|Topo map for Onyx (Black) Beach in Silver Bay, Minn.|
The trail across secluded Onyx Beach runs 0.45 miles round trip. Though long off-limits to the general public (which didn’t keep locals away), the little-known beach opened to the public in 2015.
To reach the trailhead, head north from Split Rock Lighthouse State Park on Minn. Hwy. 61. In Silver Bay, turn right/east onto the gravel E. Lakeshore Drive. Go left/south onto Water Plant Road. Watch for a trail heading down to the beach on the road’s left/east side. You can park your vehicle off the side of the road.
The access trail through the birch trees to the beach is rough. There is no marked trail on the beach itself.
Though much of the billion-year-old basalt along the North Shore is black hued, the beach owes its coloring entirely to man. For a quarter century, taconite tailings – the remains of a low grade iron ore mined deep beneath the surface of the Iron Range more than an hour away – were dumped into Lake Superior. The practice stopped in 1980 after those concerned with water quality protested.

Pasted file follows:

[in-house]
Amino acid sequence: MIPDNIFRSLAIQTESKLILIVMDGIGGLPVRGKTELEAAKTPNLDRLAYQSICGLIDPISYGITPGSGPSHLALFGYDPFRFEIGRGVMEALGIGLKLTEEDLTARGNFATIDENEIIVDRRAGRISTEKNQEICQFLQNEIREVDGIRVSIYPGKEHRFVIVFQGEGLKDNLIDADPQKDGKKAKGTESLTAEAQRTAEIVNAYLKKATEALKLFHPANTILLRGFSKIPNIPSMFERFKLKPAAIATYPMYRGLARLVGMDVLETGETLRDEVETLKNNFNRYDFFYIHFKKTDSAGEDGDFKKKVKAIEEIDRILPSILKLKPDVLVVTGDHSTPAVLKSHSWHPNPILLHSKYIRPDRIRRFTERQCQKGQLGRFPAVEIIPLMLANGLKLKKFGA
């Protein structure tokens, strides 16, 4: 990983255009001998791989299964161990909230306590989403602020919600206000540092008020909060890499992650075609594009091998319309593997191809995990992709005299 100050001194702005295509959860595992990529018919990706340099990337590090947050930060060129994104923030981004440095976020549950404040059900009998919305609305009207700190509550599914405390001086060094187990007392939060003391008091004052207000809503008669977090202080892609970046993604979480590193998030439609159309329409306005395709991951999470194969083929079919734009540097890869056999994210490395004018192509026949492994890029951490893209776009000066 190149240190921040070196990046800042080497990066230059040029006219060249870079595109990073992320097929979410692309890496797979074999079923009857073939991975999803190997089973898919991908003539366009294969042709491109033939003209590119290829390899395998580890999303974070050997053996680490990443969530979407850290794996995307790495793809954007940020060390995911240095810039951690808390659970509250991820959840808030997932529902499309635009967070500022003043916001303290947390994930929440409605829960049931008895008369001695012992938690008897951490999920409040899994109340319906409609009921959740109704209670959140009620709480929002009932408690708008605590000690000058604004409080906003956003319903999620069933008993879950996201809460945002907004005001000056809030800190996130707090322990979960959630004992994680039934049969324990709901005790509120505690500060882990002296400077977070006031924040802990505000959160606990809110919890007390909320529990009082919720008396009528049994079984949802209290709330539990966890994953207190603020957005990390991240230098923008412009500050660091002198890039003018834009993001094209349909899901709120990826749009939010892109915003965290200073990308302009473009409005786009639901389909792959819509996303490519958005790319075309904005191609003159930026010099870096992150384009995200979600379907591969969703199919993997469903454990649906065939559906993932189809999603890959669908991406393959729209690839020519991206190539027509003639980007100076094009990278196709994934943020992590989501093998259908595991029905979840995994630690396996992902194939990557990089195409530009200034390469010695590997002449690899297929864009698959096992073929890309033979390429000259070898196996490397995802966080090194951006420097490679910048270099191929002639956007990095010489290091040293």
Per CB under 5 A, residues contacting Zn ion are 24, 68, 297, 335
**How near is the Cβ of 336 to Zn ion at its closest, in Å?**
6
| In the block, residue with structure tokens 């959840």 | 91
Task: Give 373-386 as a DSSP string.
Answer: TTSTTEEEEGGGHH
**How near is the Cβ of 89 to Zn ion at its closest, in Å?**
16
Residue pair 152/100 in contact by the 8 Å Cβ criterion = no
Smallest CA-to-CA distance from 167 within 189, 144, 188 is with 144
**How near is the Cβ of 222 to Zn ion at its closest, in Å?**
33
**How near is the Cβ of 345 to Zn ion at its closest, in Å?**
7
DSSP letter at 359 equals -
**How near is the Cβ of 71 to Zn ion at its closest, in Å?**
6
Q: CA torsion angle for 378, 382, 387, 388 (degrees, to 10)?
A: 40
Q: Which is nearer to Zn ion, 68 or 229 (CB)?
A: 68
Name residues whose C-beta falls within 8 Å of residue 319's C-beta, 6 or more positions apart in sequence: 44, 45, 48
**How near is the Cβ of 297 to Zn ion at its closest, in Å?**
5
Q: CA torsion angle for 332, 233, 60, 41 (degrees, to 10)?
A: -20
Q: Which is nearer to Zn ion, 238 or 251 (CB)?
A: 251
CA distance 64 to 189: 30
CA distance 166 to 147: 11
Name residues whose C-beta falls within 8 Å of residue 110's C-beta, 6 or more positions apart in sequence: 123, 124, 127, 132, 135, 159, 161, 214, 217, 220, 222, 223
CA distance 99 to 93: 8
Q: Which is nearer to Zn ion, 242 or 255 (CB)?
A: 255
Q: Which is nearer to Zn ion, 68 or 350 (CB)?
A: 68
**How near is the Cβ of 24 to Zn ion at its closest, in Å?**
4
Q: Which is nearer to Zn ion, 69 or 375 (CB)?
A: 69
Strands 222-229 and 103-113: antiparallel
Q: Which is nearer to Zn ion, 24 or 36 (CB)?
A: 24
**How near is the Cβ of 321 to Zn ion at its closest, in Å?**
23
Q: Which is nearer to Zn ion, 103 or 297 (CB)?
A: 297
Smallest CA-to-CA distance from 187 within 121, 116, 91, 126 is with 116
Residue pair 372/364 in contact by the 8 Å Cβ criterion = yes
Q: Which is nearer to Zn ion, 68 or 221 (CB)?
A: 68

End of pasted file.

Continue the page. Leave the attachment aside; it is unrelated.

By the mid-1980s, the lake water grew clearer and fish returned to the area. But fine grains of the tailings washed onto the half-mile long crescent-shaped beach, transforming the stones’ appearance. Beneath the water, the settled tailings shine as if onyx, hence the name of the beach (It previously was called Black Beach). Onyx is a black volcanic glass, however, and there’s none in the water or on the beach.
Indeed, a quick look at the island just off the mainland shows its red hues beneath the trees. Contrasting the black beach with the red island, blue lake, and white birch makes for an exotic experience.
After taking in the sights, retrace your steps to where you parked.
Learn about trail guidebooks available in the Hittin’ the Trail series.